2019 Toyota Tundra Review


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2019 Toyota Tundra Overview

Generally speaking, the Toyota Tundra has long been outclassed by established names from the domestic Big Three, all of which had recent redesigns. But the Tundra is more than enough truck for most jobs -- and it has that famous Toyota-build quality going for it. Toyota’s full-size Tundra pickup goes into 2019 with an updated TRD Pro model. It’s taller, beefier, flashier, and more capable when the going gets rough. Otherwise, the rest of the Tundra range -- including the SR, SR5, Limited, Platinum, and Western-themed 1794 Edition models, carry over. The Tundra is available in extended and crew cab body styles with three available bed lengths, depending on body style.

Unlike the offerings from Ford, GM, and Chrysler, Toyota offers the Tundra only with a V-8 engine. The standard powerplant is a 4.6-liter unit with 310 horsepower and 327 pound-feet of torque, but many buyers want to step up to the 5.7-liter engine with 381 hp and 401 lb-ft. Both engines are mated to a 6-speed automatic transmission, which gets the job done but seems a little old-fashioned when there are 8- and even 10-speeds out there on the market. Available in either rear-wheel drive (RWD) or four-wheel drive (4WD), the Tundra, when properly equipped, can tow up to 10,100 pounds. The fuel tank is a massive 38 gallons in the Limited, Platinum, and 1794 trims, so the needle will move slowly enough to let you think you’re getting good gas mileage. The SR and SR5 trims offer a 26.4-gallon tank. A 4.6-liter engine with rear-drive is rated at 15 mpg city, 19 highway, and 16 combined. Adding four-wheel drive drops city and highway ratings by 1 mile per gallon. The 5.7-liter engine isn’t much thirstier, with a rating of 13 mpg, 18 mpg, and 15 in rear-drive configuration and 13 mpg, 17, and 14 with four-wheel drive.

The Tundra’s construction follows the tried-and-true body-on-frame with live rear axle formula. While all Tundras have a limited-slip differential, the updated TRD Pro model features new 2.5-inch Fox front shocks and TRD-tuned springs that provide an extra two inches of front lift and 1.5 inches of wheel travel. Out back, there are 2.5-inch Fox shocks as well as an extra two inches of wheel travel. The TRD Pro also gets new 18-inch BBS forged aluminum wheels finished in black and special TRD dual exhaust with black chrome exhaust tips.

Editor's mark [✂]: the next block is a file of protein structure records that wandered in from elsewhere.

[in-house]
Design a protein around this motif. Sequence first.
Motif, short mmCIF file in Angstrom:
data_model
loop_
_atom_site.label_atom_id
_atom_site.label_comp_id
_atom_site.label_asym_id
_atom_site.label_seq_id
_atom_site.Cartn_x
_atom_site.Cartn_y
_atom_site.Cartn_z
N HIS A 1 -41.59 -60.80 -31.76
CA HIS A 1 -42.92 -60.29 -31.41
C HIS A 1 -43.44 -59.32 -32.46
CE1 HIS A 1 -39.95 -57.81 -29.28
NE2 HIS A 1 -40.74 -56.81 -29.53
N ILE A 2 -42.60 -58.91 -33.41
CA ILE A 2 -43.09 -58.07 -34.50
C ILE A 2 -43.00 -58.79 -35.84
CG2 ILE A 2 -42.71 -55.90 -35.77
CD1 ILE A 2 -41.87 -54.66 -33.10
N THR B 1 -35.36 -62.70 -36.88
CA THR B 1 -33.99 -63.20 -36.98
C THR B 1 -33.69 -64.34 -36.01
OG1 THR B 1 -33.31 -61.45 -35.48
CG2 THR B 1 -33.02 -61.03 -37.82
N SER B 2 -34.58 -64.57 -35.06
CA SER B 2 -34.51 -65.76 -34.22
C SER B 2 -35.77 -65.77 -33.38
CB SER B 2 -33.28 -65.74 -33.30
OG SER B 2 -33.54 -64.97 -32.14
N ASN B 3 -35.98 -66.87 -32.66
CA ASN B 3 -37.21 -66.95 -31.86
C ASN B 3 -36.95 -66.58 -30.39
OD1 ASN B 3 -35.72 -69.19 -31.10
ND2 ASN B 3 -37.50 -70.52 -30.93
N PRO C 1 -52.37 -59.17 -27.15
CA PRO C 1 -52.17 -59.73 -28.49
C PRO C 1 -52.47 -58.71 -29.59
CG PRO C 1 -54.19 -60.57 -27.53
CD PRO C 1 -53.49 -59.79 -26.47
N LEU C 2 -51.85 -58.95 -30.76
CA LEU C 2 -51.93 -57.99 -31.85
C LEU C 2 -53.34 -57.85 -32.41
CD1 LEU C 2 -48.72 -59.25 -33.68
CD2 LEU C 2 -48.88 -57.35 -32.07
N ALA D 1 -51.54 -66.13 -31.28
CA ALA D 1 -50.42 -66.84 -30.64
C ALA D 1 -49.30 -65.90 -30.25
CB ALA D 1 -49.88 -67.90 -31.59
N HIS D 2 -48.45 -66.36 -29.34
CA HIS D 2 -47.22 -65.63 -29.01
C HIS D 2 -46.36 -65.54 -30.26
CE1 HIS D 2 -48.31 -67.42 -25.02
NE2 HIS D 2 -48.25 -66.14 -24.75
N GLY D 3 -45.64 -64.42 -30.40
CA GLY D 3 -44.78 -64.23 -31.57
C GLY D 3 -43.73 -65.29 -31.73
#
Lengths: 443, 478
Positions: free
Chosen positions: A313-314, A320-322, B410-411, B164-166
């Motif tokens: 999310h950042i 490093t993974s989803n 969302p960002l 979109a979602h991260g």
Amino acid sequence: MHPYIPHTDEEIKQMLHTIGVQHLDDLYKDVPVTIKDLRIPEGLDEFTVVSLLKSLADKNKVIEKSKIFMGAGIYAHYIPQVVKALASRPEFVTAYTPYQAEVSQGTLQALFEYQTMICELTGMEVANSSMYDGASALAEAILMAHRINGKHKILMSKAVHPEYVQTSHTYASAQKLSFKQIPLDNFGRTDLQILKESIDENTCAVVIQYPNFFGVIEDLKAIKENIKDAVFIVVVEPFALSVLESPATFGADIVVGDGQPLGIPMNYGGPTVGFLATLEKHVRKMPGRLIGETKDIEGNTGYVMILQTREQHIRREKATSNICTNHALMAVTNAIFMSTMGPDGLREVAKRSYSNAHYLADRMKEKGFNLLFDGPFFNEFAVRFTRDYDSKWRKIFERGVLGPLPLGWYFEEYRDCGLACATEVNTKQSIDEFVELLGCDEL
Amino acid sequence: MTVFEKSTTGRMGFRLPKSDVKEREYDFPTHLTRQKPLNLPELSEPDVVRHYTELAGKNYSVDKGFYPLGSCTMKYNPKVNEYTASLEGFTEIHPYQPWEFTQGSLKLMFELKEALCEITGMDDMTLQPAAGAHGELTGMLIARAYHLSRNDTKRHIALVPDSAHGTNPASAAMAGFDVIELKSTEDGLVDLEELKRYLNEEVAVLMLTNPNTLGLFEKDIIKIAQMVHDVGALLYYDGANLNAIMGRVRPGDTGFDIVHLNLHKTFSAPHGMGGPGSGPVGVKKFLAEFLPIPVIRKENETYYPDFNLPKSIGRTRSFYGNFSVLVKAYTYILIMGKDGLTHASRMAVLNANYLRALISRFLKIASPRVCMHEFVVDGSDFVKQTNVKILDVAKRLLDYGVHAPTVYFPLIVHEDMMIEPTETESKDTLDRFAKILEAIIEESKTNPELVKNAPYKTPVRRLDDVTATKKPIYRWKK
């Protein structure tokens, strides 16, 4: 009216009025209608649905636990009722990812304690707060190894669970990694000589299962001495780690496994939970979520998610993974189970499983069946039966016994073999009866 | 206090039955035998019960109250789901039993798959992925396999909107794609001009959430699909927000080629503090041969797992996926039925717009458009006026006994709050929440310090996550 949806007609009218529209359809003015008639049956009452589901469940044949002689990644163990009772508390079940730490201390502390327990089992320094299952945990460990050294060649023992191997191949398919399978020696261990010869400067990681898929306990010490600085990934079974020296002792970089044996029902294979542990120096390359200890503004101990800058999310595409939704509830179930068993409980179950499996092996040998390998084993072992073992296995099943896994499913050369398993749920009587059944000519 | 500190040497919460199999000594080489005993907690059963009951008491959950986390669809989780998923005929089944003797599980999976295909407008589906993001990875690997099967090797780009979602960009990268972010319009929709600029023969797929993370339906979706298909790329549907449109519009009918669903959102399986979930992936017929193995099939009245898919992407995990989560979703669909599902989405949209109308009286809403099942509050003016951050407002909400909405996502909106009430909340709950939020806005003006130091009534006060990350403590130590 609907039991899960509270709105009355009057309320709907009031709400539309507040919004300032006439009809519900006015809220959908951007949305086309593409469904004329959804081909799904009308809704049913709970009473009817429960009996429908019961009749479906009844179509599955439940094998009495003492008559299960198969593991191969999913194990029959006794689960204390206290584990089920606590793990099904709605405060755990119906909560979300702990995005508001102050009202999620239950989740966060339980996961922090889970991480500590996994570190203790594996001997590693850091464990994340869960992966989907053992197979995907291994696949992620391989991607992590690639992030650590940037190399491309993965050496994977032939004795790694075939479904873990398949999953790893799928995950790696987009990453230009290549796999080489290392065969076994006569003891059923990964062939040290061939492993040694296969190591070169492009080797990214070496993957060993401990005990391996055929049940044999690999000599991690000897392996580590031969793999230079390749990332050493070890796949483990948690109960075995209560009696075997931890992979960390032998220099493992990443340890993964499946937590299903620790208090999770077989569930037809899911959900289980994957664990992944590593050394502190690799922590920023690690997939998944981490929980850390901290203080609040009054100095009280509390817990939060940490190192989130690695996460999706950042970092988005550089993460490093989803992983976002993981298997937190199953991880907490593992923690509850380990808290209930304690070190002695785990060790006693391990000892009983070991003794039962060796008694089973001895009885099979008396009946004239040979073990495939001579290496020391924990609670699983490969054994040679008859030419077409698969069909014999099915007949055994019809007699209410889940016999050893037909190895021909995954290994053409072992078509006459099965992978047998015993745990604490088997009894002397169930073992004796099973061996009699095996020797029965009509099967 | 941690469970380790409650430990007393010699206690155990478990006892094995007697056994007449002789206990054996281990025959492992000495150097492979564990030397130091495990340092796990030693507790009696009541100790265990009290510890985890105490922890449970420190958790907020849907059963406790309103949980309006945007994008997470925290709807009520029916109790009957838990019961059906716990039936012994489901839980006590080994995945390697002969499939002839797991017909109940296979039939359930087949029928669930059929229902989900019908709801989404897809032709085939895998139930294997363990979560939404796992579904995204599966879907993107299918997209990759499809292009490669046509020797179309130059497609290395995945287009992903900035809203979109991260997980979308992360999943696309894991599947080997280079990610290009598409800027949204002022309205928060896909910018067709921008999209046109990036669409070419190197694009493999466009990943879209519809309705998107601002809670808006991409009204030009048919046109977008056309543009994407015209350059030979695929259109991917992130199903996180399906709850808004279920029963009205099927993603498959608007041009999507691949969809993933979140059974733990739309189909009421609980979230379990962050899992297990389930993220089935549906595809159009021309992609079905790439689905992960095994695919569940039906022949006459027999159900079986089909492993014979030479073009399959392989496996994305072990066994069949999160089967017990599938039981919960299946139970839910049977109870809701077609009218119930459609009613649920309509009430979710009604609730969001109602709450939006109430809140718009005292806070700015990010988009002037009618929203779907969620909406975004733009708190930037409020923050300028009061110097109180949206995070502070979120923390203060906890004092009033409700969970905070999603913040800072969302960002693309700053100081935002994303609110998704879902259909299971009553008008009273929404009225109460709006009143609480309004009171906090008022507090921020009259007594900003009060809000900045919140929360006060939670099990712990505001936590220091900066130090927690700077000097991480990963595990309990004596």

Inside, the Tundra varies widely, depending on trim level. Base SR models get a 6.1-inch touchscreen for the infotainment system with USB and Bluetooth, but not much else. The SR5 model includes a 7-inch touchscreen, a smartphone-connected navigation system, HD Radio and satellite radio compatibility, chrome bumpers, and an optional power driver’s seat. The TRD Pro model gets a little flashier with a new grille, a hood scoop, plenty of badging, TRD Pro logos scattered through the interior, red contrast stitching, special floor mats, a special shift knob, a special center console, and an available moonroof.

The Limited model adds leather seats, woodgrain interior trim, heated front seats, and a built-in navigation system. The 1794 Edition, named after the founding year of the San Antonio ranch near where Tundras are built, gets better leather, cooled front seats, and plenty of chrome trim. Drivers can choose to add optional 20-inch wheels. The Platinum model is similar to the 1794 Edition in terms of features, but it’s a little more subtle, featuring less chrome.

For 2018, Toyota added automatic emergency braking with pedestrian detection, adaptive cruise control, lane-departure warning, and automatic high beams as standard equipment across the Tundra range. Optional equipment available on most trims includes blind-spot monitors and rear cross-traffic alerts. The Tundra earned four out of five stars in federal crash testing and an unusual “Marginal” score from the Insurance Institute for Highway Safety (IIHS) for its headlights.


Since 2012, Andrew Newton has been writing about cars both old and new. Andrew has been an associate editor at Sport Car Digest as well as a contributor to sites like BoldRide and JamesEdition. He was also the Education Manager at the Larz Anderson Auto Museum in Brookline, MA before becoming the Auction Editor at Hagerty Classic Car Insurance. He currently splits his time behind the wheel between his NA Miata, 1994 Corvette, and Triumph TR6.

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